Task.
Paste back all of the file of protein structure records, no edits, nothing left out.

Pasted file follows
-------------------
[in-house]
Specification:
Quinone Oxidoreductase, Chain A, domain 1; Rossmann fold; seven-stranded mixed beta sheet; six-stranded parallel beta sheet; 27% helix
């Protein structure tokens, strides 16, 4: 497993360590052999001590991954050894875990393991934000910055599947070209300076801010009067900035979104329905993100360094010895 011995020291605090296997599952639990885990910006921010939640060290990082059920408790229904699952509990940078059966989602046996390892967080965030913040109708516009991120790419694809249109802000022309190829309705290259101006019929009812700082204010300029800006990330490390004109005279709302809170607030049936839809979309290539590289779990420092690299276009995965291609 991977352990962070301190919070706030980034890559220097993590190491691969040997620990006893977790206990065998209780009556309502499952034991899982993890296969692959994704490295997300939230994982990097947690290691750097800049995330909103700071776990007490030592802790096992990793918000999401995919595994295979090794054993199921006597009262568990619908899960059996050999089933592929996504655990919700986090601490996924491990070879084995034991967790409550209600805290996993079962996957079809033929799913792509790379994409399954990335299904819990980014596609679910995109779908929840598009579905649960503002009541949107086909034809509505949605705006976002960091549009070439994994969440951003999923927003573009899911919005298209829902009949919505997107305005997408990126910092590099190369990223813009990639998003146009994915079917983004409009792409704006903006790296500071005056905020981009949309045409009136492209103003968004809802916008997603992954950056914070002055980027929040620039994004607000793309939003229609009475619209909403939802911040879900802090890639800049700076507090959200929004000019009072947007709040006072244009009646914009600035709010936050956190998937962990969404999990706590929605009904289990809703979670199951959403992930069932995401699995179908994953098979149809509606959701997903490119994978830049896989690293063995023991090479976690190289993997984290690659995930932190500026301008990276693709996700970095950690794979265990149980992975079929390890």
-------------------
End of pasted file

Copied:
[in-house]
Specification:
Quinone Oxidoreductase, Chain A, domain 1; Rossmann fold; seven-stranded mixed beta sheet; six-stranded parallel beta sheet; 27% helix
């Protein structure tokens, strides 16, 4: 497993360590052999001590991954050894875990393991934000910055599947070209300076801010009067900035979104329905993100360094010895 011995020291605090296997599952639990885990910006921010939640060290990082059920408790229904699952509990940078059966989602046996390892967080965030913040109708516009991120790419694809249109802000022309190829309705290259101006019929009812700082204010300029800006990330490390004109005279709302809170607030049936839809979309290539590289779990420092690299276009995965291609 991977352990962070301190919070706030980034890559220097993590190491691969040997620990006893977790206990065998209780009556309502499952034991899982993890296969692959994704490295997300939230994982990097947690290691750097800049995330909103700071776990007490030592802790096992990793918000999401995919595994295979090794054993199921006597009262568990619908899960059996050999089933592929996504655990919700986090601490996924491990070879084995034991967790409550209600805290996993079962996957079809033929799913792509790379994409399954990335299904819990980014596609679910995109779908929840598009579905649960503002009541949107086909034809509505949605705006976002960091549009070439994994969440951003999923927003573009899911919005298209829902009949919505997107305005997408990126910092590099190369990223813009990639998003146009994915079917983004409009792409704006903006790296500071005056905020981009949309045409009136492209103003968004809802916008997603992954950056914070002055980027929040620039994004607000793309939003229609009475619209909403939802911040879900802090890639800049700076507090959200929004000019009072947007709040006072244009009646914009600035709010936050956190998937962990969404999990706590929605009904289990809703979670199951959403992930069932995401699995179908994953098979149809509606959701997903490119994978830049896989690293063995023991090479976690190289993997984290690659995930932190500026301008990276693709996700970095950690794979265990149980992975079929390890």